# Algebraic Symmetries

**Symmetries IV**

This means that, from an abstract point of view,
is simply a number

that satisfies the equation

and no other. But , and have exactly the same
property. Thus for

strictly algebraic purposes we could take
to be rather than . Thus is

replaced by . Since all algebraic relations are to be preserved, this entails

replacing by
and by
. Once again,

because all algebraic relations are to be respected, the number

is to be replaced by

In general a number

is replaced by

which is a number of the same kind. For example

**Forms of algebraic symmetries
**

The symmetry just examined can be viewed in two ways:

1) It takes the sequence of all roots of

to a sequence formed from the same numbers but in a different order

2) It takes any number

to a number

of the same kind.

This is the kind of symmetry that was later investigated in general by

Galois. We have to spend some time growing accustomed to it. Suppose we

apply the symmetry twice. Then

Thus applying the basic symmetry twice leads to the first
symmetry considered,

complex conjugation. We apply it again.

Yet again!

So the symmetry when repeated four times comes back where
it began. It is

a four-fold symmetry.

**Anticipating Galois and his successors
**

No matter which of the numbers , , , we take to be, the

collection of numbers

,a, b, c, d all fractions

is the same. Modern mathematicians usually call the
collection a field. the

sum and the product of two numbers of this sort are again numbers of the

same sort. This we have seen already. I give another example.

Any symmetry of this collection that respect the algebraic
operations will

take 0 to 0 and 1 to 1. Then adding and dividing it takes any fraction a/b to

a/b. Moreover any root of

will be taken to another root. Thus will be taken to
, , or .

In other words, the symmetry will be one of the four (including the trivial

symmetry!) we already have. Denote the one taking to by the letter
.

Then the repeating to obtain
we obtain the symmetry taking to

. Repeating again, we obtain
which takes to . Repeating

again, we find that is the trivial symmetry.

Inside the collection of numbers there is a smaller collection of numbers

that have a special symmetry. We met them before. They are those that

are not affected by, thus by complex conjugation. They are the numbers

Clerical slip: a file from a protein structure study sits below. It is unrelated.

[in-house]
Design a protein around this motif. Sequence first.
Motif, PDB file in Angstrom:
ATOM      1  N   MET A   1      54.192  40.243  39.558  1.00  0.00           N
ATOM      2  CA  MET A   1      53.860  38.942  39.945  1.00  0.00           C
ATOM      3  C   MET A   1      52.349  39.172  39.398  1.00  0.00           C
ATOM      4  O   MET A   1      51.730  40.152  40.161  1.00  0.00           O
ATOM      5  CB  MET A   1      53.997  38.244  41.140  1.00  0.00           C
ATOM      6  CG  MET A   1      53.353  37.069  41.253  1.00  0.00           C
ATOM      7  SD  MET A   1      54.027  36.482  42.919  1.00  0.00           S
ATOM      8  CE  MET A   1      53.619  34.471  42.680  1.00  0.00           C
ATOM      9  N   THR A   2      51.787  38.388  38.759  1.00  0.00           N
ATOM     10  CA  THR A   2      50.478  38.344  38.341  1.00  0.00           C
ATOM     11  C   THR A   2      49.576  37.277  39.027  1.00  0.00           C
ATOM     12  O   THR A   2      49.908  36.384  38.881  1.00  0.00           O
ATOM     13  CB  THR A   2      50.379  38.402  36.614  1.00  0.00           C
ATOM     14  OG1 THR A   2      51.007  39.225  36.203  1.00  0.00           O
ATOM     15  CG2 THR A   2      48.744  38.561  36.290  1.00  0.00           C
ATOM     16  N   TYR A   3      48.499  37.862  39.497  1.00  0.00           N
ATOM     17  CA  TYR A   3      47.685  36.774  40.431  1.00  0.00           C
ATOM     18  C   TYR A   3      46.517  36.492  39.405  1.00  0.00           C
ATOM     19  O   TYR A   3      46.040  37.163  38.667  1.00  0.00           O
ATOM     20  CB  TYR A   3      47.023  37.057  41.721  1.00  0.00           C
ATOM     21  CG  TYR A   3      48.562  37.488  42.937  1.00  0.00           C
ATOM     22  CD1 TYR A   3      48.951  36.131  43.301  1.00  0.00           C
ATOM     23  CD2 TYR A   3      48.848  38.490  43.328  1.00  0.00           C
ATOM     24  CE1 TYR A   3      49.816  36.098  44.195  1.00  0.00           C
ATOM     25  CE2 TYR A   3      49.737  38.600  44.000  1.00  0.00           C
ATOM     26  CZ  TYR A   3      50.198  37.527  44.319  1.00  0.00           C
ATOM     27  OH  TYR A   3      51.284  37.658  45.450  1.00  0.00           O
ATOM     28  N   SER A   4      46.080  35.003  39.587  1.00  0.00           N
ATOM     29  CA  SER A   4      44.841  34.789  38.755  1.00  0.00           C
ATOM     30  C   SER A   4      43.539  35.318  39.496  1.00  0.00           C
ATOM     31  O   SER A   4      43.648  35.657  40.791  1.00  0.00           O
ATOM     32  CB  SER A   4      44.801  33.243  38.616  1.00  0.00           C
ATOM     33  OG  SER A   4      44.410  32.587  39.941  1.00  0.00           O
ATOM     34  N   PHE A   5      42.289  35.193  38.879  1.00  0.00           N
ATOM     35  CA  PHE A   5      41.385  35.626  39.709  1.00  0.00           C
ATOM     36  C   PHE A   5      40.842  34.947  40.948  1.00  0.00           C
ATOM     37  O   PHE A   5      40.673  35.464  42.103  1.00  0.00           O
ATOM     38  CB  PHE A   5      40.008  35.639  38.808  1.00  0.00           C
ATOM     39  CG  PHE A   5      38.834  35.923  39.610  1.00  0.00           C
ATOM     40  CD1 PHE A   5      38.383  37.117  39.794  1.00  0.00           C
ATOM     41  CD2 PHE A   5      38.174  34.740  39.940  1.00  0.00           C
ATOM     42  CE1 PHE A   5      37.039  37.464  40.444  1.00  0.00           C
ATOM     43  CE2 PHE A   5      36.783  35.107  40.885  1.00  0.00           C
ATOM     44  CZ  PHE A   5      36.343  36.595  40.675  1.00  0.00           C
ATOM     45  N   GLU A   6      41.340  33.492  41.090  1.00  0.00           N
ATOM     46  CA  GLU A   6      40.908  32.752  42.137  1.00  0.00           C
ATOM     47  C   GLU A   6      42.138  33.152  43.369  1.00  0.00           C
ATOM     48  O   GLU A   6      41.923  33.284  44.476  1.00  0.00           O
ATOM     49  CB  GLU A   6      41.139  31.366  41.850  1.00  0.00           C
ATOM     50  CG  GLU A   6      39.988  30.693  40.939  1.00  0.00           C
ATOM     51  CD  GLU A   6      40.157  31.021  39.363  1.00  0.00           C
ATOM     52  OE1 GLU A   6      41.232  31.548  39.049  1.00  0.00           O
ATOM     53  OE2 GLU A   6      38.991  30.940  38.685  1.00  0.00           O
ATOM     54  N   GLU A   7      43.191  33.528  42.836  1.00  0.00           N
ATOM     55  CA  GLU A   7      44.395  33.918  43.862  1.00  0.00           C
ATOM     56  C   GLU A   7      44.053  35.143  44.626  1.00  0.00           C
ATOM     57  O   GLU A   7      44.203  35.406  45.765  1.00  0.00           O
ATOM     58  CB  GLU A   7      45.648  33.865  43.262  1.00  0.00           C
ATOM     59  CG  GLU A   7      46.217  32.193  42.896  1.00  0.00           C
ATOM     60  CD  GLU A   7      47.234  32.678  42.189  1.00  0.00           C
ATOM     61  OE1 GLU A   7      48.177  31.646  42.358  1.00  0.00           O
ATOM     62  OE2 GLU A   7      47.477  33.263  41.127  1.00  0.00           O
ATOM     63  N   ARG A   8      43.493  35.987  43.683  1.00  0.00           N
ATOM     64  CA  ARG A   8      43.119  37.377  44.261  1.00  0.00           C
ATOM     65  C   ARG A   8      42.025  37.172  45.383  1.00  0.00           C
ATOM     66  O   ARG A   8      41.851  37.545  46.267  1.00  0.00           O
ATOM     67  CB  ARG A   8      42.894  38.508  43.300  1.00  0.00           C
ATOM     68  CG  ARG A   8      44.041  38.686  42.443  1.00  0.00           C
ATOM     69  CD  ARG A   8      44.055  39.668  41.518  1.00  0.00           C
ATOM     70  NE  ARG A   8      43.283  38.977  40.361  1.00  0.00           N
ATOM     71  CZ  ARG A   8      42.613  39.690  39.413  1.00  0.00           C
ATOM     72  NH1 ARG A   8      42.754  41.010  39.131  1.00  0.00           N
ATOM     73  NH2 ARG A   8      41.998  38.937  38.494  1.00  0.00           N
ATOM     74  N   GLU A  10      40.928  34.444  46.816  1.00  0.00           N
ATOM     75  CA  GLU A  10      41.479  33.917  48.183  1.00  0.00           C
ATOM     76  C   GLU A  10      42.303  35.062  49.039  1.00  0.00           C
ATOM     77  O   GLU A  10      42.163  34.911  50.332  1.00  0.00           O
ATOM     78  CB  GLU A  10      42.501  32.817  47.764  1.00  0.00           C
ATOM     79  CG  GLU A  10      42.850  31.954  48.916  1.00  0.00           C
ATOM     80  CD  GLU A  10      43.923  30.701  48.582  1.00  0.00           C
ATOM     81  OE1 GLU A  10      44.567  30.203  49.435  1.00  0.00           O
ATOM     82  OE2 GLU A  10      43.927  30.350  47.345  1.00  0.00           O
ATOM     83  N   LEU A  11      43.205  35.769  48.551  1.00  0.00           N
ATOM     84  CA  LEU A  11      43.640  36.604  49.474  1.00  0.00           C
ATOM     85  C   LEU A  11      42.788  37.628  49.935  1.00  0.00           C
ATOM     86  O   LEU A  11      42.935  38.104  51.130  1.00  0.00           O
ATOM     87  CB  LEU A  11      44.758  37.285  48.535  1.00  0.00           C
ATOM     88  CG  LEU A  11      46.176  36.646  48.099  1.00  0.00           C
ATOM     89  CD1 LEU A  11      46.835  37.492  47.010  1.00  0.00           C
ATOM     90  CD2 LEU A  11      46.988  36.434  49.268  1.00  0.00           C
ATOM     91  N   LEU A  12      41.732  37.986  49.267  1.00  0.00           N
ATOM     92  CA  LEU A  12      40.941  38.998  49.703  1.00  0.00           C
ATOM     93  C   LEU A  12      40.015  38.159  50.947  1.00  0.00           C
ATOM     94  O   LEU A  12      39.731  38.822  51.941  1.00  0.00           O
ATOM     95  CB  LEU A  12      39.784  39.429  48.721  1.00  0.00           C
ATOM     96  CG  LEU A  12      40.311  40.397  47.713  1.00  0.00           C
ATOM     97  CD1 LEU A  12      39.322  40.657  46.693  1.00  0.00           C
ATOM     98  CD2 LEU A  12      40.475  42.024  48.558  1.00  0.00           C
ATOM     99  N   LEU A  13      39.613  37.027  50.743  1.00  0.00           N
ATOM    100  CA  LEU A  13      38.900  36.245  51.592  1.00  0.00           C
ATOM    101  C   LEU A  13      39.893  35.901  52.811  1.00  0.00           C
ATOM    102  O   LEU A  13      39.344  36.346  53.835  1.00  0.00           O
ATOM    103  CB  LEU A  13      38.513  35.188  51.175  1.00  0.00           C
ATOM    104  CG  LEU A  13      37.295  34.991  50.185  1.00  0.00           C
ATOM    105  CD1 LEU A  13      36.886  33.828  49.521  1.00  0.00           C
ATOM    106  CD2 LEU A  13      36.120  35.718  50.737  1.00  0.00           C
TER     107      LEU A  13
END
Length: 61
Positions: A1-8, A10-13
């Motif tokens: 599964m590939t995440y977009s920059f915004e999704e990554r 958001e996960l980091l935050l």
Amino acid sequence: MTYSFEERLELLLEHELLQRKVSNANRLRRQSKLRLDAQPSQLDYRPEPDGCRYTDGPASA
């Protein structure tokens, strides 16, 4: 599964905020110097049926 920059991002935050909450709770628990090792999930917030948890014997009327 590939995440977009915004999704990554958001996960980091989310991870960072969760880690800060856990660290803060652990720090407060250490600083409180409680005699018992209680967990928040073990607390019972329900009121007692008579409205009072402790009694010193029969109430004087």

a+ bw, w = +. We were able to construct by succesive square roots, by

first singling out this special collection of numbers, finding that any number

in it satisfied a quadratic equation with fractions as coefficients, in particular

that w^{2}+w−1 = 0, so that , and then solving.

We now apply these ideas, which I hope are clear, to the heptadecagon!

**The Heptadecagon**

**From the** Disquisitiones Arithmeticae

There is a famous remark from the introduction to the seventh

and last chapter of the Disquisitiones that I quote here. What it

anticipates is the study of the division points on elliptic curves, in

the remark a special elliptic curve, a study that led over the course

of the nineteenth and twentieth century to many things, especially

complex multiplication and l-adic representations, that are relevant

to the Shimura-Taniyama-Weil conjecture,

Ceterum principia theoriae, quam exponere aggredimur, multo

latius patent, quam hic extenduntur. Namque non solum ad functiones

circulares, sed pari successu ad multas alias functiones transscendentes

applicari possunt, e. g. ad eas, quae ab integrali

pendent, praetereaque etiam ad variam congruentarium
genera: sed

quoniam de illis functionibus transscendentibus amplum opus peculiare

paramus, de congruentibus autem in continuatione disquisitionum

arithmeticarum copiose tractabitur, hoc loco solas functiones

circulares considerare visum est.

Lecture 7

**A proof by Gauss (beginning)
**

Recall that we want to show that is a root of the equation

but of no equation of the forms

in which a, b c and d are fractions.

The impossibility of the last equation is clear because is not a fraction.

If it were a root of the first, then using long division to divide (I) by

, we would find

Substitute to find that is also a root of

Then, as we just observed e is not 0, unless e = f = g =
0. If e is not 0,

divide by it. Thus either

or satisfies an equation of type (II). If it satisfies
(II), then perform a long

division to obtain

Since e + d cannot be 0 unless e = d = 0, we conclude that

We now show that the factorizations of (IV) and (V) are
impossible. We

first observe a very important fact.

**An equation of degree** n

**cannot have more than **n** roots!**

Suppose (VI) has a root e. Using long division, divide by
Z − e. The

result is

Substitute e to see that f = 0. Now any other root e' not
equal to e of (VI)

must be a root of

so that if (VI) had more than n roots, then (VII) would
have more than n−1.

All we have to do now is continue, working our way down to lower and lower

degree until we arrive at an equation of degree one

that clearly has only one root.